For years, U.S. buyers have found it difficult to return imported articles when products come in damaged or erroneously shipped. In the case of a return, importers have been required to pay additional duties and Merchandise Processing Fees (MPF) upon re-importation.
With that being said, there is good news for importers. Recent changes to U.S. tariff number 9801.00.10 allow for duty free return of foreign goods, according to the Trade Facilitation and Trade Enforcement Act of 2015 .
Conditions to Qualify
It is important to meet the following conditions to avoid paying duties a second time.
- Goods must be returned within 3 years of initial export.
- Duty drawback was not claimed on the original export.
- The goods were not entered under bond or produced in a Foreign Trade Zone (FTZ).
- The article was not advanced in value or improved in condition while abroad .
- The U.S. importer has proper documentation to support the claim.
U.S. Customs is in the process of defining the required documents more clearly for 9801.00.10. In the meantime, it is vital for importers to have these documents on hand at time of entry to support their claim. These documents include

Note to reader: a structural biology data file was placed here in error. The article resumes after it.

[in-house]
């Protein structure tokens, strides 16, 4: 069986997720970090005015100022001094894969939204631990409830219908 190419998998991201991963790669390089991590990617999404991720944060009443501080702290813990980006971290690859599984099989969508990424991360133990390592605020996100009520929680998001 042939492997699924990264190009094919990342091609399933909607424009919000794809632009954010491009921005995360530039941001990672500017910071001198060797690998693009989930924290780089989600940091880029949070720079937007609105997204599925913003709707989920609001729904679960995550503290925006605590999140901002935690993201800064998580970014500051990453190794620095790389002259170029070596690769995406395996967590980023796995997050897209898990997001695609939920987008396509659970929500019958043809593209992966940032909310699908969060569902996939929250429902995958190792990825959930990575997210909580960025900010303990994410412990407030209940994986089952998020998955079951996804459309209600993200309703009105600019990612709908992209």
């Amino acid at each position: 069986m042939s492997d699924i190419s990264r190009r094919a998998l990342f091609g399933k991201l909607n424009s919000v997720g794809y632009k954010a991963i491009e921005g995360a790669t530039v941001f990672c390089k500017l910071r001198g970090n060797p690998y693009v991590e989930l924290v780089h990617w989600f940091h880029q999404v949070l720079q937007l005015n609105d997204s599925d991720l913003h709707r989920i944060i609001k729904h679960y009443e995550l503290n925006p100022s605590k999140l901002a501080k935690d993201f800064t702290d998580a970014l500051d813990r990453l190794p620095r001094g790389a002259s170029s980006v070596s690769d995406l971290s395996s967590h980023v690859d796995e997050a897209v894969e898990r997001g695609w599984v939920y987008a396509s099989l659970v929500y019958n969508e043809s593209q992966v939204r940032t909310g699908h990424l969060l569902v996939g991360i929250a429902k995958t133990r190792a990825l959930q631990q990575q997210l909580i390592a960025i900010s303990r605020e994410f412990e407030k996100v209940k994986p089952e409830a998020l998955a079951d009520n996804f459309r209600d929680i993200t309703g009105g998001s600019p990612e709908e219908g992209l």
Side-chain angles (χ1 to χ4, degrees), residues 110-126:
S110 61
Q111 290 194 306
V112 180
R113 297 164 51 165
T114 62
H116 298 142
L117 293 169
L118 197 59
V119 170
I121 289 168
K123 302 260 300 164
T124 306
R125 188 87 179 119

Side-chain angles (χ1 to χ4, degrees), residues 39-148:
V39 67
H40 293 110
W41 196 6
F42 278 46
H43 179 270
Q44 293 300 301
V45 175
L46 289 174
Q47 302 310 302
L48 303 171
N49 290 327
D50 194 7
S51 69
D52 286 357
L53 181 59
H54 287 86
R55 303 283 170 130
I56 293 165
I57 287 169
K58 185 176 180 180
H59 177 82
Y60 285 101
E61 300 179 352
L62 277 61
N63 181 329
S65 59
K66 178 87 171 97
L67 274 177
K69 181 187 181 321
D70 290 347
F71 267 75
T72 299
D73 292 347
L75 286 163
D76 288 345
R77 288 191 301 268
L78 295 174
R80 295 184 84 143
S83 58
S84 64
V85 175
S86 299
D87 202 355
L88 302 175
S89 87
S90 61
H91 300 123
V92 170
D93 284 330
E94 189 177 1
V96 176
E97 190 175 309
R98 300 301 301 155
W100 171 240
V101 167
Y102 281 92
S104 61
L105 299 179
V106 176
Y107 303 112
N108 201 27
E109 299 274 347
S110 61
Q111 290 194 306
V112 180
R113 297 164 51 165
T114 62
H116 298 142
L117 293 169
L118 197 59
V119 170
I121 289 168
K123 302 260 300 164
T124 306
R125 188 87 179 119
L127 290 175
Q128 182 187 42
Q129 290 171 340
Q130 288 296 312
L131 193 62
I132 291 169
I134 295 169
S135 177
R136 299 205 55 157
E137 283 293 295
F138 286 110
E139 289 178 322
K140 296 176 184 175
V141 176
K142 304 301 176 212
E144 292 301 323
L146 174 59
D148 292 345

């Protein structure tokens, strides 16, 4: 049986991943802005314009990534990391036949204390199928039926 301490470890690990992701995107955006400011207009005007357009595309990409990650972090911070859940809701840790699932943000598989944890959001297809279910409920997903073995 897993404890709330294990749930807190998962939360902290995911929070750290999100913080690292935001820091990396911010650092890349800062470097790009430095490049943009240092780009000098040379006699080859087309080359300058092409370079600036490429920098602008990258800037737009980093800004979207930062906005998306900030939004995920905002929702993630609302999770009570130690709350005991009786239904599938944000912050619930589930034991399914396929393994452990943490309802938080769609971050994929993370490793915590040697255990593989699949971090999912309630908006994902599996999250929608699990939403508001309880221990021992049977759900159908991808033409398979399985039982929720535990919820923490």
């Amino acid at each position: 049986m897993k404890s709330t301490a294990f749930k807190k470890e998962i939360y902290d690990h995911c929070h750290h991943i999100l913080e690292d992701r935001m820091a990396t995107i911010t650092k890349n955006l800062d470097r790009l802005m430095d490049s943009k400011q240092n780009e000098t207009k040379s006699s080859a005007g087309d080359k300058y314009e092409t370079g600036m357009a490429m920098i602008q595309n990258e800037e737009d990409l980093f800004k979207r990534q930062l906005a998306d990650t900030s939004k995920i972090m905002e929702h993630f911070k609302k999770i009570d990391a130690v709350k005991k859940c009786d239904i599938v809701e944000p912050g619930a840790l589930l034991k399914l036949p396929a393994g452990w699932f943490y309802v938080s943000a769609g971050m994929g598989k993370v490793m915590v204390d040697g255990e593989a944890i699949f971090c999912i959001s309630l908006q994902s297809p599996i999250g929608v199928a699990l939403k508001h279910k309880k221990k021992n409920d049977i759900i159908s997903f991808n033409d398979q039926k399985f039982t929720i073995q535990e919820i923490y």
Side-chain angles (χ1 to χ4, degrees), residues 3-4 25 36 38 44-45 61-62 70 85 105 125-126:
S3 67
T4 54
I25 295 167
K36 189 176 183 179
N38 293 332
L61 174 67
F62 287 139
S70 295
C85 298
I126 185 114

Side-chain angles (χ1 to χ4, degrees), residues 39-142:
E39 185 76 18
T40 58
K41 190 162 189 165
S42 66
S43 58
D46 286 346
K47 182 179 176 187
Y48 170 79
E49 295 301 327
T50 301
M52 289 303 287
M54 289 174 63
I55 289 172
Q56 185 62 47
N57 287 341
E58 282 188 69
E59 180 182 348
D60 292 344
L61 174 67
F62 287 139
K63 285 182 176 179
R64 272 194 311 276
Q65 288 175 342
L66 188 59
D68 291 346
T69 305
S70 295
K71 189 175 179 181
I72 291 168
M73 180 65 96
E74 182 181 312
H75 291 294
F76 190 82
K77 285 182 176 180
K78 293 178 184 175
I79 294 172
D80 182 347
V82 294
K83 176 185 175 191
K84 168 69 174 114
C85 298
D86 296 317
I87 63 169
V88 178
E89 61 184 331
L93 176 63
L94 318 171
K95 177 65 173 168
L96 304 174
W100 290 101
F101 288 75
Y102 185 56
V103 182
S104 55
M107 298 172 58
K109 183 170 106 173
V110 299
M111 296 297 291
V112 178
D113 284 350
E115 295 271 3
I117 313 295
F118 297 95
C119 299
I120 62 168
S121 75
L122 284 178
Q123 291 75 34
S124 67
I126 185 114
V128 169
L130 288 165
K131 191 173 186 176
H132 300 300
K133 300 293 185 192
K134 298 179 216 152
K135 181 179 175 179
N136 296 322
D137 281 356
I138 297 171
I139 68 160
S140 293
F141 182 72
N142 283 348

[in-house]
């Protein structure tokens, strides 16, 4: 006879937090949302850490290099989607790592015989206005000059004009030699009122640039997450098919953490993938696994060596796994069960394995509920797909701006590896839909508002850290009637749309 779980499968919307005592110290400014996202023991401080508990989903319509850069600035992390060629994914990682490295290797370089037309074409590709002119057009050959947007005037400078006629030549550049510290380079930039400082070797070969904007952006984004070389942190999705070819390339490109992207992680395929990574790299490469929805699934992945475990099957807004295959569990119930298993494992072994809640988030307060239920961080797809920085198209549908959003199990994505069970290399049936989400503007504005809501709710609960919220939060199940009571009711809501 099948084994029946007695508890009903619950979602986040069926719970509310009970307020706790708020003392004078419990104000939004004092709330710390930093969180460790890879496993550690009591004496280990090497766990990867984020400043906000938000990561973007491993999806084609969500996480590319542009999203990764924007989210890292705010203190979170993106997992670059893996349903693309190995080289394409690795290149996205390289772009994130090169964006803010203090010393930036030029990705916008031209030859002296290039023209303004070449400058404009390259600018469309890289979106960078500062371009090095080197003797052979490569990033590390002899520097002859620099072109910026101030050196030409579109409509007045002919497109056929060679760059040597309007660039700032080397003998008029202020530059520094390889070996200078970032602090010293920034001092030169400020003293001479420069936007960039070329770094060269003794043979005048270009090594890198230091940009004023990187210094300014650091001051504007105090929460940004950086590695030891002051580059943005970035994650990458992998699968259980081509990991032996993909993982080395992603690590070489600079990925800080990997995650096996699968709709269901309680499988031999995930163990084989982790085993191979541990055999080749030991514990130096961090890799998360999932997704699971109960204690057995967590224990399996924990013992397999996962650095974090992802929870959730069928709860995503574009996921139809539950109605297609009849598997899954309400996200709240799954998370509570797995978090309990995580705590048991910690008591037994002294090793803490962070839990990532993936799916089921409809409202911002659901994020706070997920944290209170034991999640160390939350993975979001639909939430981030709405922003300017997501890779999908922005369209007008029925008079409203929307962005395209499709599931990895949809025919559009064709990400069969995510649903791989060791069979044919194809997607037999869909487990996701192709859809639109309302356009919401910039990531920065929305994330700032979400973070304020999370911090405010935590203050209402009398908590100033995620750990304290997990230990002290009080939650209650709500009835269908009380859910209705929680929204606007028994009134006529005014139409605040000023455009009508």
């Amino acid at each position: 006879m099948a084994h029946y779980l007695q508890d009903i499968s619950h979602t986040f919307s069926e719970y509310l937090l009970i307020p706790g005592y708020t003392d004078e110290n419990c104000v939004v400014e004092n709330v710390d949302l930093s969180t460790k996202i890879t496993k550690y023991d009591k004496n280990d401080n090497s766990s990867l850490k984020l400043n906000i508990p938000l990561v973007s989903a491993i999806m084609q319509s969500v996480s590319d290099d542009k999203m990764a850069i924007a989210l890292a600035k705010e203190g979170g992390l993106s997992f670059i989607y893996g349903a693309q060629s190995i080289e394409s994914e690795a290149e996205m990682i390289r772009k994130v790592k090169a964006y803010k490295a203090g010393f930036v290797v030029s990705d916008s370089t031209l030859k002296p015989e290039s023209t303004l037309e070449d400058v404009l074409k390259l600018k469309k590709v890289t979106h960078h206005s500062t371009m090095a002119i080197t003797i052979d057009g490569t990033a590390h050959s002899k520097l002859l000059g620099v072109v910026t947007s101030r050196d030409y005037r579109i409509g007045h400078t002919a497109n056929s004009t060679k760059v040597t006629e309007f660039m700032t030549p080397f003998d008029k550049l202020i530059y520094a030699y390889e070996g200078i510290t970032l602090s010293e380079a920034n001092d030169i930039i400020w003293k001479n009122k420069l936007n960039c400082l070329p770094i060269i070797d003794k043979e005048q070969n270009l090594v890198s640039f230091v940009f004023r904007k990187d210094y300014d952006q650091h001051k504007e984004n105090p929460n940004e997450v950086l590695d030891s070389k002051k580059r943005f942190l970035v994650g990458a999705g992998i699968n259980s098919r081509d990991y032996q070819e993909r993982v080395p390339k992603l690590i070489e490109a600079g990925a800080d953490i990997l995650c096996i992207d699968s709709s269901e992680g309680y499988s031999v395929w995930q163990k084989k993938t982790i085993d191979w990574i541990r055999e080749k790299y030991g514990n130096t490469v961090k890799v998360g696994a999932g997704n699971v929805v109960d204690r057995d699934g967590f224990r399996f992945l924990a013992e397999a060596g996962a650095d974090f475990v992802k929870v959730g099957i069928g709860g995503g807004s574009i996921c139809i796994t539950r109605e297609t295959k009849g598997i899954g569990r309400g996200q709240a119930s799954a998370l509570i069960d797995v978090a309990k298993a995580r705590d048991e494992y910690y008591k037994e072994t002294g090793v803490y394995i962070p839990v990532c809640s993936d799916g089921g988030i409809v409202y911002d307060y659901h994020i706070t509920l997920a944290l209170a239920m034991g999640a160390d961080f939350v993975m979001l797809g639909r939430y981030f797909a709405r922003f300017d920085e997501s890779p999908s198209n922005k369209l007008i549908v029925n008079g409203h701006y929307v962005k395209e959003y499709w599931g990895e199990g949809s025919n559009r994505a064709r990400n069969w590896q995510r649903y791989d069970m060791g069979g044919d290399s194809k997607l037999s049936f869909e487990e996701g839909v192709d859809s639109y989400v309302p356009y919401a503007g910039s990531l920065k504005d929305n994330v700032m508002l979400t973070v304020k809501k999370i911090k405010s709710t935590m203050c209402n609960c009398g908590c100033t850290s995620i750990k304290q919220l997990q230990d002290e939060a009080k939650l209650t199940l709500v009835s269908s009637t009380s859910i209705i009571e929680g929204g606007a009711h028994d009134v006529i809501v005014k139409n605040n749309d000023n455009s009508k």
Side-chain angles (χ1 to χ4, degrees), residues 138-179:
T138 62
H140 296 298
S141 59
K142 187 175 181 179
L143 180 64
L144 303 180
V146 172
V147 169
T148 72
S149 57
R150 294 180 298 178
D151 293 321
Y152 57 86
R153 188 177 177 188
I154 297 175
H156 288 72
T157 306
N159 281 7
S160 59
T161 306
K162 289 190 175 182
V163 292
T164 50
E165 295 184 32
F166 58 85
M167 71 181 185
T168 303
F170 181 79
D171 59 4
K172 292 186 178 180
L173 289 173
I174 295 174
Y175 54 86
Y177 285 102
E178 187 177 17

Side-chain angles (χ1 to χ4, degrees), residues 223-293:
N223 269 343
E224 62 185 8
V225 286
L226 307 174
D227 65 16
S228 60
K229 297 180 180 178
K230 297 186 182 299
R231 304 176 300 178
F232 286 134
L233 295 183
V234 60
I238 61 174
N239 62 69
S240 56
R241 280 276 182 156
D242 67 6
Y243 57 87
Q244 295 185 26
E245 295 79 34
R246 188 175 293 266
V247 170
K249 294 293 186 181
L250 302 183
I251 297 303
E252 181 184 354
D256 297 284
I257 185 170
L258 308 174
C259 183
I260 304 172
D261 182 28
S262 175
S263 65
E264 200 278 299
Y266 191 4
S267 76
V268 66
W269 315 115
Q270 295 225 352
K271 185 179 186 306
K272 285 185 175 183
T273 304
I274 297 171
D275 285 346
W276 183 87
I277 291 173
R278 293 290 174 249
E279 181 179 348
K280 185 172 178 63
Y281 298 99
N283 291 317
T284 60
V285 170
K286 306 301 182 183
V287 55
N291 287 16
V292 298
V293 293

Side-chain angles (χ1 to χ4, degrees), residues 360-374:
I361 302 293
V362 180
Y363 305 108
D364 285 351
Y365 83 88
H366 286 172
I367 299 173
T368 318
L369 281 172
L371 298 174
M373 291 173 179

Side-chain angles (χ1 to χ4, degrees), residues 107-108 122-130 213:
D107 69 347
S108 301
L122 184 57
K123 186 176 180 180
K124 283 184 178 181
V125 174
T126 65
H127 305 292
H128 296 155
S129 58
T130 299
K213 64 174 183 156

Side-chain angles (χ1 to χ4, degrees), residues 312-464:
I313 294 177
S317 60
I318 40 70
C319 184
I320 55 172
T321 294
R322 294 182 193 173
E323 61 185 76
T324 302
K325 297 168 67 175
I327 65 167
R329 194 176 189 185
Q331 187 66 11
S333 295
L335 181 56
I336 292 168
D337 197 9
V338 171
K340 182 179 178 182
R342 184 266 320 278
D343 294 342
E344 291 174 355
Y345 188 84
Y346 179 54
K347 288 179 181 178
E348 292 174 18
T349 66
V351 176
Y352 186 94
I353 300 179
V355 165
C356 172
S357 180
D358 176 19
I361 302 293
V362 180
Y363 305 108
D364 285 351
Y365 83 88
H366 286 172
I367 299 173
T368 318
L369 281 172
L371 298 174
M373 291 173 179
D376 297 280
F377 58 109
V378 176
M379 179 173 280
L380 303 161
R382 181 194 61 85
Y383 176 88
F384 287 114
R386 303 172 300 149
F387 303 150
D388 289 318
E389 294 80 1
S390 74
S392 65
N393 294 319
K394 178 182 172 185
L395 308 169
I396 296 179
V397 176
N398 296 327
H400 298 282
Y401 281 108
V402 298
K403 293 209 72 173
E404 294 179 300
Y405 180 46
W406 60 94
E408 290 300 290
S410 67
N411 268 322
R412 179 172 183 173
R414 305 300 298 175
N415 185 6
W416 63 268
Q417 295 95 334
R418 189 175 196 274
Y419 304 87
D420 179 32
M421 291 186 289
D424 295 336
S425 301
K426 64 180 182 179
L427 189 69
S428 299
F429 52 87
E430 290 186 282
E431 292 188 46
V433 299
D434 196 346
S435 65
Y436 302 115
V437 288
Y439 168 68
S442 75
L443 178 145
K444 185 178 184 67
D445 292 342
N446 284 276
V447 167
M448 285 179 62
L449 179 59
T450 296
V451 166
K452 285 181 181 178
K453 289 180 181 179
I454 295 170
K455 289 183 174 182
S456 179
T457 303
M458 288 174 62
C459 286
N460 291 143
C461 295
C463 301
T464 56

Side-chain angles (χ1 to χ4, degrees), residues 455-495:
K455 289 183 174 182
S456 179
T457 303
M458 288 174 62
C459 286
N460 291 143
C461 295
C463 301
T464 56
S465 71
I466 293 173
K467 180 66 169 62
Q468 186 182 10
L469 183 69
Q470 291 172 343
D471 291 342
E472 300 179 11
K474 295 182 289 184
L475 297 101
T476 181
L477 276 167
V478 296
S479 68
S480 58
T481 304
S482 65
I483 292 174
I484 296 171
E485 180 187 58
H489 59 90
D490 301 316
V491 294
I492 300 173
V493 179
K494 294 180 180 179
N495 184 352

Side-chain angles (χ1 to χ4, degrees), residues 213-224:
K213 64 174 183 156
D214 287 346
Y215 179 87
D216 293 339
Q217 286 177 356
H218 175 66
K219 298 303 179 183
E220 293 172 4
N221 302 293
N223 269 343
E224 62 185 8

- A Foreign Shipper’s Declaration and U.S. Importer’s Declaration
- Some form of proof to demonstrate that the goods have been returned within 3 years, such as
- Export invoices
- Export bill of ladings
- Electronic Export Information filings (EEI)
On the bright side, these documents are already required records for exporters, making the process easier.
By meeting these conditions and having the supporting documents, the change to this tariff provision will save importers significant duties and MPF for their returning goods.
For assistance with developing processes and procedures for returning goods, contact Mohawk Global Trade Advisors.
 “Products of the United States when returned after having been exported, or any other products when returned within 3 years after having been exported, without having been advanced in value or improved in condition by any process of manufacture or other means while abroad.” Harmonized Tariff Schedule of the United States (2016).
 The article was not altered in any way that might have made it into a new product or might have improved it while overseas.
By Jim Trubits, Vice President.
©2016 Mohawk Global Trade Advisors